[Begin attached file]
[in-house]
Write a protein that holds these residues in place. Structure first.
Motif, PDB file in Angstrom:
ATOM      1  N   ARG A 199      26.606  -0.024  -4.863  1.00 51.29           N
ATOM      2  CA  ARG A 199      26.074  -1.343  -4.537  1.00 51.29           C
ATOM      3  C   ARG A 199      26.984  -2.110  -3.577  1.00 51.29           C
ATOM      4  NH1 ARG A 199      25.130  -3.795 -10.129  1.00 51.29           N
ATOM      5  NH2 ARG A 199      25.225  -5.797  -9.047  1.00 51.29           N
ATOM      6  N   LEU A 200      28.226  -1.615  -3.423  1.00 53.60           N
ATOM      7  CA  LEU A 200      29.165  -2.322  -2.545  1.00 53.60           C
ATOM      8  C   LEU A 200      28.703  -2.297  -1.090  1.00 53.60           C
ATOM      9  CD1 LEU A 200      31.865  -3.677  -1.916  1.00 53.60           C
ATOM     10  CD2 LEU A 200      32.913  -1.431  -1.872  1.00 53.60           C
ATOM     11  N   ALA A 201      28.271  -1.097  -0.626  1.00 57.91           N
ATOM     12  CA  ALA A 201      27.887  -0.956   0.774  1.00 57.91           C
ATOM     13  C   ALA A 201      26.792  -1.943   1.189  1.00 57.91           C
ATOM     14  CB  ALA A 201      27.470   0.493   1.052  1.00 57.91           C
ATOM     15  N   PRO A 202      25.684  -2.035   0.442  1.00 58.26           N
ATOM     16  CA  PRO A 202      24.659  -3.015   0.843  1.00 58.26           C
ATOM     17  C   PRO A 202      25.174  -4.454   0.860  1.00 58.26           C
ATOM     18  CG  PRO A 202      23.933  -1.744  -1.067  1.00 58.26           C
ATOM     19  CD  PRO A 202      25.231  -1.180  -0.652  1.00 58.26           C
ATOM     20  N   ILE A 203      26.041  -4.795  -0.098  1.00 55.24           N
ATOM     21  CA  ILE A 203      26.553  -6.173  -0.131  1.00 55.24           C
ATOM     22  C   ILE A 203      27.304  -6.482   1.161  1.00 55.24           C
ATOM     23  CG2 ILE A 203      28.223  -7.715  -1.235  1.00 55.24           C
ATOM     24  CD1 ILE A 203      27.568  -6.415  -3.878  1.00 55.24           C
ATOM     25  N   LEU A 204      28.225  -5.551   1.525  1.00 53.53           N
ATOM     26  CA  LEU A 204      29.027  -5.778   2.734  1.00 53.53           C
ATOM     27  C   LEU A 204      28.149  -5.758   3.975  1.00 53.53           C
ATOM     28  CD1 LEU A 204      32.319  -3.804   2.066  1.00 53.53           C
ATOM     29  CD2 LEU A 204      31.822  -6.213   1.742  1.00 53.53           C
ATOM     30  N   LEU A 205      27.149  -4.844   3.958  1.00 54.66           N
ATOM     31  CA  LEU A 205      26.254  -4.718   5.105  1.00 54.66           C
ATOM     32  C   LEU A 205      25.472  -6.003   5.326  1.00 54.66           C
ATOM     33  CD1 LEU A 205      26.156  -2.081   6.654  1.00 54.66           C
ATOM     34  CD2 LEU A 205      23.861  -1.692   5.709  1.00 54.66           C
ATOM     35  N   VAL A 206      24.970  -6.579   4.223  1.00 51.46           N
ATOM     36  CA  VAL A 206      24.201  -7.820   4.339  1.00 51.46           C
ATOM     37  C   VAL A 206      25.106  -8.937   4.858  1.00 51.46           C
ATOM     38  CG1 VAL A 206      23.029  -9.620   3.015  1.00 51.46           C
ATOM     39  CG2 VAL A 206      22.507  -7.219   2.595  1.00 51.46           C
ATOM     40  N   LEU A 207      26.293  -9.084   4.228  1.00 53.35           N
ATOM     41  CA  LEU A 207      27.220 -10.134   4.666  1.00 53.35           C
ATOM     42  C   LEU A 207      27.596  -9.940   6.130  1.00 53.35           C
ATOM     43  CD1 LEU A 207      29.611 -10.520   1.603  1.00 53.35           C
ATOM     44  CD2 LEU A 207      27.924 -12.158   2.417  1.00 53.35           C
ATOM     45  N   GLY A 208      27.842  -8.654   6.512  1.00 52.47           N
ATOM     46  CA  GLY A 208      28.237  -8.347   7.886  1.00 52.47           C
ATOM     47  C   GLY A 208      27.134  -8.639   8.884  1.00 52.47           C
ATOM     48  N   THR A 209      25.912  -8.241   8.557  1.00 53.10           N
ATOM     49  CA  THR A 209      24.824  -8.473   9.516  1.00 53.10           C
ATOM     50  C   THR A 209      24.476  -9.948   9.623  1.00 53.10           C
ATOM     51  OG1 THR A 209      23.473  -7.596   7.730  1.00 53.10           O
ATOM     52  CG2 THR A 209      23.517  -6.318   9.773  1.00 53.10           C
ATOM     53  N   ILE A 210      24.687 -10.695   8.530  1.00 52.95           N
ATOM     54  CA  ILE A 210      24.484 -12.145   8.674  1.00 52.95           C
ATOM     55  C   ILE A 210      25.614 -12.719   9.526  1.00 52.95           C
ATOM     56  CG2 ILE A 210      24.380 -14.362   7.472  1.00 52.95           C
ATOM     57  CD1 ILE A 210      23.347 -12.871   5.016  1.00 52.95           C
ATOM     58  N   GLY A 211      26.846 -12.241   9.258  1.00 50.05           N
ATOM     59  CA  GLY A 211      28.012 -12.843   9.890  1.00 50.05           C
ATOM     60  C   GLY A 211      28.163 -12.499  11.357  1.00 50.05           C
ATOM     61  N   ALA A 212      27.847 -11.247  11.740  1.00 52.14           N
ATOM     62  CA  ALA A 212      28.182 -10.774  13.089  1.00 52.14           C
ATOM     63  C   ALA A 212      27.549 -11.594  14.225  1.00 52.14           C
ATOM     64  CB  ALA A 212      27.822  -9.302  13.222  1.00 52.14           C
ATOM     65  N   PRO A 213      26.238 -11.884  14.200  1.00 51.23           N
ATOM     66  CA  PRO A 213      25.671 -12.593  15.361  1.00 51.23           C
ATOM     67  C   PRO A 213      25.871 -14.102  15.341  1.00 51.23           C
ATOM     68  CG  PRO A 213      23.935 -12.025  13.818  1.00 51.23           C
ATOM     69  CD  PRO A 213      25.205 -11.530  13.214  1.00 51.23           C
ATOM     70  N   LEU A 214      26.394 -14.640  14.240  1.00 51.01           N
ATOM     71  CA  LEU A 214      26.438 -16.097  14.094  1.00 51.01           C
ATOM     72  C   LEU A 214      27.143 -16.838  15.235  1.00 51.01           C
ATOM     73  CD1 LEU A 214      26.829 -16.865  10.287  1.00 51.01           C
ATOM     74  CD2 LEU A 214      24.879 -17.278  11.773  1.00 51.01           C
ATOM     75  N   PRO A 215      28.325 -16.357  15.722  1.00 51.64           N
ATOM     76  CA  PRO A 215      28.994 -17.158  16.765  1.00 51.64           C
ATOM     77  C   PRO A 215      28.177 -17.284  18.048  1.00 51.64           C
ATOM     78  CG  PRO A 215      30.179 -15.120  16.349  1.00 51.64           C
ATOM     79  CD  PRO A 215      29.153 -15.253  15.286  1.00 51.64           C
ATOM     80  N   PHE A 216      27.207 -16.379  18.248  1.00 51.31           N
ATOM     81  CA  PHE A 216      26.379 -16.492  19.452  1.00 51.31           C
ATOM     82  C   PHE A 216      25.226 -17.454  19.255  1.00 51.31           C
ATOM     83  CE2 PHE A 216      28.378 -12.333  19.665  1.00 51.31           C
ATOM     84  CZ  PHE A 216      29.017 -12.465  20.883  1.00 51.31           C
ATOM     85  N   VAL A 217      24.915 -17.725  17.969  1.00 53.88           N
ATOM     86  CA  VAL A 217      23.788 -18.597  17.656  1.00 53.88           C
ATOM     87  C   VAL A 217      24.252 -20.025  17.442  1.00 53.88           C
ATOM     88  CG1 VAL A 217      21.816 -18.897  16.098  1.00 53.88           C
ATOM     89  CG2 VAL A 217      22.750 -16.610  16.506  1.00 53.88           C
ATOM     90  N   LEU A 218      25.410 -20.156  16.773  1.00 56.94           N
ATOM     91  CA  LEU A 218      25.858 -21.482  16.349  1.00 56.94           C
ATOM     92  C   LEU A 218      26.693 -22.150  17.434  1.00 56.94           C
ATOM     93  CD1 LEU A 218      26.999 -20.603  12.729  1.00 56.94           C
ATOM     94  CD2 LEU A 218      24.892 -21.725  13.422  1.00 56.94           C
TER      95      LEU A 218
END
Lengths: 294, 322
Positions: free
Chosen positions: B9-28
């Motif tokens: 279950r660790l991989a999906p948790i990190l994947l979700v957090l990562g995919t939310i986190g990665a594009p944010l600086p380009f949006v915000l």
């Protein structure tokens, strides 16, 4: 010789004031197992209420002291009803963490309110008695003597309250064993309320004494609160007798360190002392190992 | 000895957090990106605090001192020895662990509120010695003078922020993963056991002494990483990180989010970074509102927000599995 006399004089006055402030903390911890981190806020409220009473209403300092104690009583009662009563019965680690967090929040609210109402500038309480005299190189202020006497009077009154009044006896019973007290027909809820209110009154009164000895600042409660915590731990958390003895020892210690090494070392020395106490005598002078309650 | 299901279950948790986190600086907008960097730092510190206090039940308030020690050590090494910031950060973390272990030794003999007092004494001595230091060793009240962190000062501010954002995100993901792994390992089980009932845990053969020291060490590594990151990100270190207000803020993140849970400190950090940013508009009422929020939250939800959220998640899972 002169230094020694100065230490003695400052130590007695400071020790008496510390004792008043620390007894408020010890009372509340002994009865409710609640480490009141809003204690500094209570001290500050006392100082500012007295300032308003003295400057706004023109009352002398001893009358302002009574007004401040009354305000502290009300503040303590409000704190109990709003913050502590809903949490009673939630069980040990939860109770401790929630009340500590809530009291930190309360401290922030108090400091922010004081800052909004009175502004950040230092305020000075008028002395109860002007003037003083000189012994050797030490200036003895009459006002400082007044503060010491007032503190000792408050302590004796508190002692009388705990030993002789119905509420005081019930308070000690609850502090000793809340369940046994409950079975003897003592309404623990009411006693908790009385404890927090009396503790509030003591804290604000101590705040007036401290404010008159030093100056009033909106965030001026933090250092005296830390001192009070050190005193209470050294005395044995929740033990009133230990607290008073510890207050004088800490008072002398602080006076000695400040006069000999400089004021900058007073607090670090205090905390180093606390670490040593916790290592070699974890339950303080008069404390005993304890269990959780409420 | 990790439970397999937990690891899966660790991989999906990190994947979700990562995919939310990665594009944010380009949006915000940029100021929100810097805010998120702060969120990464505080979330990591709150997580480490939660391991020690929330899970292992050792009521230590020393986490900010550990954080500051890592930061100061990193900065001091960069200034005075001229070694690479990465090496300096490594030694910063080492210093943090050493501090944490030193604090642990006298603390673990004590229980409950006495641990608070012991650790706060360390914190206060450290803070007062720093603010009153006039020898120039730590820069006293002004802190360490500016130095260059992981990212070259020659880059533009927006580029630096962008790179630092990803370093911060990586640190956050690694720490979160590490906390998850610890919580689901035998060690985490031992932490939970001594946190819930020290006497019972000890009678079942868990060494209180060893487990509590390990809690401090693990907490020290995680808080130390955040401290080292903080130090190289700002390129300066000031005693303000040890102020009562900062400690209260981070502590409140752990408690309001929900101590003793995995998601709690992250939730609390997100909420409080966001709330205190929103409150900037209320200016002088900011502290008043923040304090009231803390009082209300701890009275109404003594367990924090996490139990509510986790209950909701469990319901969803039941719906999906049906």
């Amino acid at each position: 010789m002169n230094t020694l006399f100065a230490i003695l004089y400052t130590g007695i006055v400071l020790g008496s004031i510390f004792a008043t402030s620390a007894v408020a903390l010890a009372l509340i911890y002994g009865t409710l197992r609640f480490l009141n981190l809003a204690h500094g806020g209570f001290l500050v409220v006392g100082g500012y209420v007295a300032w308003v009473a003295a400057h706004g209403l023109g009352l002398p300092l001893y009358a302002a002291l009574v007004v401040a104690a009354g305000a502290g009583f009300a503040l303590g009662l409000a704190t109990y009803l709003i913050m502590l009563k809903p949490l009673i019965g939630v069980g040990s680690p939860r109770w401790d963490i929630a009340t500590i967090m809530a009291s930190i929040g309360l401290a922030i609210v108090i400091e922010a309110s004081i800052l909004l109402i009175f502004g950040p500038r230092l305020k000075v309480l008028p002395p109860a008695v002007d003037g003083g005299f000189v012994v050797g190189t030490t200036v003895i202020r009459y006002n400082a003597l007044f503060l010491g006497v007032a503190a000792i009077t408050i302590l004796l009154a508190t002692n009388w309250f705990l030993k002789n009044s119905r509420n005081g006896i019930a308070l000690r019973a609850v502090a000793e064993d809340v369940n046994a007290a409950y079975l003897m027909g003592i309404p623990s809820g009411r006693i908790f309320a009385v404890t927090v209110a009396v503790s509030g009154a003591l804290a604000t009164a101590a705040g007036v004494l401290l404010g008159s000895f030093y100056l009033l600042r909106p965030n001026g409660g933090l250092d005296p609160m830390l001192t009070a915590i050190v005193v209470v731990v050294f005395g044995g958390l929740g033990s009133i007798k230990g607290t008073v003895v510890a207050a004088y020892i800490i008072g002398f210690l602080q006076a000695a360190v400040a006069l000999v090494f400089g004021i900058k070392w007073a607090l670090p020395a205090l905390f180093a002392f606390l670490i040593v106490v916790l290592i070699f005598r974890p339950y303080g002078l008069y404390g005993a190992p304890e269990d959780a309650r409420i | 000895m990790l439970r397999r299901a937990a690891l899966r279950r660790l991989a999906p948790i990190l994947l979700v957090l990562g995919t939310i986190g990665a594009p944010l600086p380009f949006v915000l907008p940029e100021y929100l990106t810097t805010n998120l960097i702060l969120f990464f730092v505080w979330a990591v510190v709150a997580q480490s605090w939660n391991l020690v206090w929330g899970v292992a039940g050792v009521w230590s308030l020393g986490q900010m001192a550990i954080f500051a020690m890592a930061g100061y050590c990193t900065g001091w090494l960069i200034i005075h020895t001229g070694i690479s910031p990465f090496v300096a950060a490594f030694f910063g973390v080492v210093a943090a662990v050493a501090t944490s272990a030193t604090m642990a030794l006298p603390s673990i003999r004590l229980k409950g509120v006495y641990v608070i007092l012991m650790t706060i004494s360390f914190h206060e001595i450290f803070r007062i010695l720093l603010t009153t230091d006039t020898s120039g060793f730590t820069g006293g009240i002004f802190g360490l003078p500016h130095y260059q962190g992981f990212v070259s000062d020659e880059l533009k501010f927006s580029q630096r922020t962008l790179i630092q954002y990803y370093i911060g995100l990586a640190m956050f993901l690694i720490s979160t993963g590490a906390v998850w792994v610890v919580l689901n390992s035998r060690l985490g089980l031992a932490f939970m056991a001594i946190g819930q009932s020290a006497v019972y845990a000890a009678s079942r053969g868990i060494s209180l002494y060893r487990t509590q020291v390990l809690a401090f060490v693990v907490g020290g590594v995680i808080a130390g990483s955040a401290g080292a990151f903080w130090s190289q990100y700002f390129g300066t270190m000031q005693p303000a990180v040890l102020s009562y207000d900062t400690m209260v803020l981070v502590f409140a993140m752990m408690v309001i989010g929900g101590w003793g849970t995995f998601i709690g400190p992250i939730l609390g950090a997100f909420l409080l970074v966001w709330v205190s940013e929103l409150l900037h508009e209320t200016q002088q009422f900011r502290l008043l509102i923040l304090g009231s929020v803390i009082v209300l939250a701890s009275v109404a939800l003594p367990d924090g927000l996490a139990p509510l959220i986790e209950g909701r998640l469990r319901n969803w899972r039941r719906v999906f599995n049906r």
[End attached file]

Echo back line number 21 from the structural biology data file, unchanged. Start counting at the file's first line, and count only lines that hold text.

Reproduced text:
ATOM     18  CG  PRO A 202      23.933  -1.744  -1.067  1.00 58.26           C